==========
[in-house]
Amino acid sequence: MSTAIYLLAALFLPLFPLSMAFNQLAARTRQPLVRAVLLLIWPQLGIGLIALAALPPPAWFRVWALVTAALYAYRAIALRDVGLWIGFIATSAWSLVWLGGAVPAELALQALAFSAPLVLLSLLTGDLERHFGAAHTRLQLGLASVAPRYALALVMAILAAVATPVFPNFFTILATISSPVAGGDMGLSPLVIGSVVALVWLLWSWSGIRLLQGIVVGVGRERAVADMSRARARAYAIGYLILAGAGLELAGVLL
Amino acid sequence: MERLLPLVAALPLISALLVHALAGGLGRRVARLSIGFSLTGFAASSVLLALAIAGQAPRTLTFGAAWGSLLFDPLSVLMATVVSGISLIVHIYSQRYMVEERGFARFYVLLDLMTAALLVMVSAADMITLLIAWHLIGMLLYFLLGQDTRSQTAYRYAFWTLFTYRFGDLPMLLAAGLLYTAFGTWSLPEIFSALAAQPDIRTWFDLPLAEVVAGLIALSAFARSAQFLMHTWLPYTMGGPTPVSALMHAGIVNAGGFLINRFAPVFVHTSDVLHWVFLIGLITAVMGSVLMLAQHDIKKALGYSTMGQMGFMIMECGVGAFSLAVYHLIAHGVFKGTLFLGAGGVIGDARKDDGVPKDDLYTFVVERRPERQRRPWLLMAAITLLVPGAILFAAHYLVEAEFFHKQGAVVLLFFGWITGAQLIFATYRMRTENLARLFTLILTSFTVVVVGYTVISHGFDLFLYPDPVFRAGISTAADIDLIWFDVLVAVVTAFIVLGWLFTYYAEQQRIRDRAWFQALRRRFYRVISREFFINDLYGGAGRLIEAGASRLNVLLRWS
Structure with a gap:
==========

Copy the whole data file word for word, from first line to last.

[in-house]
Amino acid sequence: MSTAIYLLAALFLPLFPLSMAFNQLAARTRQPLVRAVLLLIWPQLGIGLIALAALPPPAWFRVWALVTAALYAYRAIALRDVGLWIGFIATSAWSLVWLGGAVPAELALQALAFSAPLVLLSLLTGDLERHFGAAHTRLQLGLASVAPRYALALVMAILAAVATPVFPNFFTILATISSPVAGGDMGLSPLVIGSVVALVWLLWSWSGIRLLQGIVVGVGRERAVADMSRARARAYAIGYLILAGAGLELAGVLL
Amino acid sequence: MERLLPLVAALPLISALLVHALAGGLGRRVARLSIGFSLTGFAASSVLLALAIAGQAPRTLTFGAAWGSLLFDPLSVLMATVVSGISLIVHIYSQRYMVEERGFARFYVLLDLMTAALLVMVSAADMITLLIAWHLIGMLLYFLLGQDTRSQTAYRYAFWTLFTYRFGDLPMLLAAGLLYTAFGTWSLPEIFSALAAQPDIRTWFDLPLAEVVAGLIALSAFARSAQFLMHTWLPYTMGGPTPVSALMHAGIVNAGGFLINRFAPVFVHTSDVLHWVFLIGLITAVMGSVLMLAQHDIKKALGYSTMGQMGFMIMECGVGAFSLAVYHLIAHGVFKGTLFLGAGGVIGDARKDDGVPKDDLYTFVVERRPERQRRPWLLMAAITLLVPGAILFAAHYLVEAEFFHKQGAVVLLFFGWITGAQLIFATYRMRTENLARLFTLILTSFTVVVVGYTVISHGFDLFLYPDPVFRAGISTAADIDLIWFDVLVAVVTAFIVLGWLFTYYAEQQRIRDRAWFQALRRRFYRVISREFFINDLYGGAGRLIEAGASRLNVLLRWS
Structure with a gap: